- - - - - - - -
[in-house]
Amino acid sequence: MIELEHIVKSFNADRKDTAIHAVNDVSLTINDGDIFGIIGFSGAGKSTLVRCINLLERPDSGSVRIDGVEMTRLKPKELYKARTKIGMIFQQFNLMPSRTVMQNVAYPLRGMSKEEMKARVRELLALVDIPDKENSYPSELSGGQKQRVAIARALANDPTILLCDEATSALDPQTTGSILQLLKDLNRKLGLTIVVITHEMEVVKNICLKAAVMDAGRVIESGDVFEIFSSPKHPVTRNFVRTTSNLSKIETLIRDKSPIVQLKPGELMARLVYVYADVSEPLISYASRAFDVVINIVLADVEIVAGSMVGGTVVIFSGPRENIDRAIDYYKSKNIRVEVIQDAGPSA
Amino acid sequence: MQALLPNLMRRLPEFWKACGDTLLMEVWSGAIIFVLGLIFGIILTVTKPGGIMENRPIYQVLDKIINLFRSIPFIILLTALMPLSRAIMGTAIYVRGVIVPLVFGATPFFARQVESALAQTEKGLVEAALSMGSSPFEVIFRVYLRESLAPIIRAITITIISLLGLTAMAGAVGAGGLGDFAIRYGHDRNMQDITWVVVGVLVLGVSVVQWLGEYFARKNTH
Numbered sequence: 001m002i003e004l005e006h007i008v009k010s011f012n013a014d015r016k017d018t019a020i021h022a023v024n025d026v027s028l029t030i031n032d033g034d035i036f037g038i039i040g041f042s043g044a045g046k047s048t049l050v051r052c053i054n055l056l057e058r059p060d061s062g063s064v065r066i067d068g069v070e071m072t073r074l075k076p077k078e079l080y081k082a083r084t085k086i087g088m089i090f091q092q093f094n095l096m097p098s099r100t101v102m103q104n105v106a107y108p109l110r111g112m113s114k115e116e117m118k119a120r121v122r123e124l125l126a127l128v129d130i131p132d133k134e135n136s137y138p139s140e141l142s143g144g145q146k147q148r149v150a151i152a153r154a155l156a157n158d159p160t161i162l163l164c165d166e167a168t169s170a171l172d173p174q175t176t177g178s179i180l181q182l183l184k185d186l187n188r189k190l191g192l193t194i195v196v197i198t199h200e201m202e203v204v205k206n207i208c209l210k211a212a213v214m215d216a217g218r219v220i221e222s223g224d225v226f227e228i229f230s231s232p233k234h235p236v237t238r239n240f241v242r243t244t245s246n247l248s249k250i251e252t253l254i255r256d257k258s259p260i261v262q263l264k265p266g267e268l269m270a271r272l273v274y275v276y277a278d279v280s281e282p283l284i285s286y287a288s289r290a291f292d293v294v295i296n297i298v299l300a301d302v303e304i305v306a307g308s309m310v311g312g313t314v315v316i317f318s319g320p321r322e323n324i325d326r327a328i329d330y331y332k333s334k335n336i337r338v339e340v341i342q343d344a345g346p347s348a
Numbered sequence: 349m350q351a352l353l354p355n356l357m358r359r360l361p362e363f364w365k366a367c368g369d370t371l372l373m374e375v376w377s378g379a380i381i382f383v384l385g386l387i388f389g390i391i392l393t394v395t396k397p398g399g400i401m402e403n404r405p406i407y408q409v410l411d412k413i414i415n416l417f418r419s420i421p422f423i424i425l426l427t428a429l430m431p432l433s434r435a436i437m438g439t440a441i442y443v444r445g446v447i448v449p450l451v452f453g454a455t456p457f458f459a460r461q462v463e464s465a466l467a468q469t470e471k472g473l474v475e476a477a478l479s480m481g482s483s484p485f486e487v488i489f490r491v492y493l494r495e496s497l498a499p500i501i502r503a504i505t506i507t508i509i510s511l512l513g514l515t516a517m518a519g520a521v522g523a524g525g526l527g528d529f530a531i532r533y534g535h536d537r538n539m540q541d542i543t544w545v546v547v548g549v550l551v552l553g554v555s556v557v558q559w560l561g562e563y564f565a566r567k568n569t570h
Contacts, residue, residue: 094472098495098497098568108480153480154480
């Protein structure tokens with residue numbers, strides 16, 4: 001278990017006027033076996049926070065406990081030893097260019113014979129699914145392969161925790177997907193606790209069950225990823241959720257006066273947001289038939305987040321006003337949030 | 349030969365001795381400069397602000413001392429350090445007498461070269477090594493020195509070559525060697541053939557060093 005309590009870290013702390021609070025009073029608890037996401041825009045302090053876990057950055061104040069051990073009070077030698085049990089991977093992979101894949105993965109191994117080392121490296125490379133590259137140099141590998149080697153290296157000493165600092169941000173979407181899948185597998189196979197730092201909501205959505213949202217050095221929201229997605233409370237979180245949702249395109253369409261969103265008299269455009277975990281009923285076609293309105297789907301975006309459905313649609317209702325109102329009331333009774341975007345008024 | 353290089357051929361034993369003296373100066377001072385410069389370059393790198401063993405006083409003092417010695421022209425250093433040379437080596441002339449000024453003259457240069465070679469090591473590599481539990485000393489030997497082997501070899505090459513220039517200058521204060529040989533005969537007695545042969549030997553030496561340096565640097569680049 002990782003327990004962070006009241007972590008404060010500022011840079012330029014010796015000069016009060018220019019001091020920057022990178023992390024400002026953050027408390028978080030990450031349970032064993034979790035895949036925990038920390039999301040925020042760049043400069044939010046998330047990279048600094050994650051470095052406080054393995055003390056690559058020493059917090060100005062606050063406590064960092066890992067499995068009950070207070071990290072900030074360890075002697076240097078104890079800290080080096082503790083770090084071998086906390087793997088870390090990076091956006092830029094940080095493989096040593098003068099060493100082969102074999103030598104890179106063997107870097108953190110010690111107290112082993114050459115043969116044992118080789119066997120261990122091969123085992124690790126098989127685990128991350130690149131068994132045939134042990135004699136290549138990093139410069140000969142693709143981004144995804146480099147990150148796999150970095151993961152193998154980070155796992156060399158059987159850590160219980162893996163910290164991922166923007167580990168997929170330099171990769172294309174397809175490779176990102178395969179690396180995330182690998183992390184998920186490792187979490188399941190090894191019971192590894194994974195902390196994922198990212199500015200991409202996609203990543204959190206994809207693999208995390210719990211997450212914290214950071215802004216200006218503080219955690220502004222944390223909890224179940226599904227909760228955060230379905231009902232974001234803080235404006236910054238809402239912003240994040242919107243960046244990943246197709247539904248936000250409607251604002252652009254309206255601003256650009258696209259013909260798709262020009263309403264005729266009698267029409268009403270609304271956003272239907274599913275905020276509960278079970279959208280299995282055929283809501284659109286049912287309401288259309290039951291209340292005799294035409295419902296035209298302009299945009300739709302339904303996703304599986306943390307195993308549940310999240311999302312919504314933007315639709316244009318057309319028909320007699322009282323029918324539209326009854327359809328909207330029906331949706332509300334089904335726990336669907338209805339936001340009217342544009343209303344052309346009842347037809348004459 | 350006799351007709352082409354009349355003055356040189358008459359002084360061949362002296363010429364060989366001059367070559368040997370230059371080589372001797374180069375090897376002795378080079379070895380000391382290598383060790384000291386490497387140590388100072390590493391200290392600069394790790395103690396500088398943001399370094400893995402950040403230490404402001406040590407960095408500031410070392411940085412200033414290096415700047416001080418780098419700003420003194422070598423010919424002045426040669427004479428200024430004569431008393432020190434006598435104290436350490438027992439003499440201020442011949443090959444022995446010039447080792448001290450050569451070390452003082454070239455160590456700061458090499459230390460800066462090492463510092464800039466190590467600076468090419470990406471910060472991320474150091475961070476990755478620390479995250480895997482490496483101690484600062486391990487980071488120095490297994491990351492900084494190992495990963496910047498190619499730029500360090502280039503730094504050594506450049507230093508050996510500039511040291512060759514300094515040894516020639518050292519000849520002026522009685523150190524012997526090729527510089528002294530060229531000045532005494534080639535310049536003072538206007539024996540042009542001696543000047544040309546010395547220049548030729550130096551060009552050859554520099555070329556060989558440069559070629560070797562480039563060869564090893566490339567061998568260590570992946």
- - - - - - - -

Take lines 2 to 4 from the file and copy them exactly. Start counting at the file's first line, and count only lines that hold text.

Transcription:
Amino acid sequence: MIELEHIVKSFNADRKDTAIHAVNDVSLTINDGDIFGIIGFSGAGKSTLVRCINLLERPDSGSVRIDGVEMTRLKPKELYKARTKIGMIFQQFNLMPSRTVMQNVAYPLRGMSKEEMKARVRELLALVDIPDKENSYPSELSGGQKQRVAIARALANDPTILLCDEATSALDPQTTGSILQLLKDLNRKLGLTIVVITHEMEVVKNICLKAAVMDAGRVIESGDVFEIFSSPKHPVTRNFVRTTSNLSKIETLIRDKSPIVQLKPGELMARLVYVYADVSEPLISYASRAFDVVINIVLADVEIVAGSMVGGTVVIFSGPRENIDRAIDYYKSKNIRVEVIQDAGPSA
Amino acid sequence: MQALLPNLMRRLPEFWKACGDTLLMEVWSGAIIFVLGLIFGIILTVTKPGGIMENRPIYQVLDKIINLFRSIPFIILLTALMPLSRAIMGTAIYVRGVIVPLVFGATPFFARQVESALAQTEKGLVEAALSMGSSPFEVIFRVYLRESLAPIIRAITITIISLLGLTAMAGAVGAGGLGDFAIRYGHDRNMQDITWVVVGVLVLGVSVVQWLGEYFARKNTH
Numbered sequence: 001m002i003e004l005e006h007i008v009k010s011f012n013a014d015r016k017d018t019a020i021h022a023v024n025d026v027s028l029t030i031n032d033g034d035i036f037g038i039i040g041f042s043g044a045g046k047s048t049l050v051r052c053i054n055l056l057e058r059p060d061s062g063s064v065r066i067d068g069v070e071m072t073r074l075k076p077k078e079l080y081k082a083r084t085k086i087g088m089i090f091q092q093f094n095l096m097p098s099r100t101v102m103q104n105v106a107y108p109l110r111g112m113s114k115e116e117m118k119a120r121v122r123e124l125l126a127l128v129d130i131p132d133k134e135n136s137y138p139s140e141l142s143g144g145q146k147q148r149v150a151i152a153r154a155l156a157n158d159p160t161i162l163l164c165d166e167a168t169s170a171l172d173p174q175t176t177g178s179i180l181q182l183l184k185d186l187n188r189k190l191g192l193t194i195v196v197i198t199h200e201m202e203v204v205k206n207i208c209l210k211a212a213v214m215d216a217g218r219v220i221e222s223g224d225v226f227e228i229f230s231s232p233k234h235p236v237t238r239n240f241v242r243t244t245s246n247l248s249k250i251e252t253l254i255r256d257k258s259p260i261v262q263l264k265p266g267e268l269m270a271r272l273v274y275v276y277a278d279v280s281e282p283l284i285s286y287a288s289r290a291f292d293v294v295i296n297i298v299l300a301d302v303e304i305v306a307g308s309m310v311g312g313t314v315v316i317f318s319g320p321r322e323n324i325d326r327a328i329d330y331y332k333s334k335n336i337r338v339e340v341i342q343d344a345g346p347s348a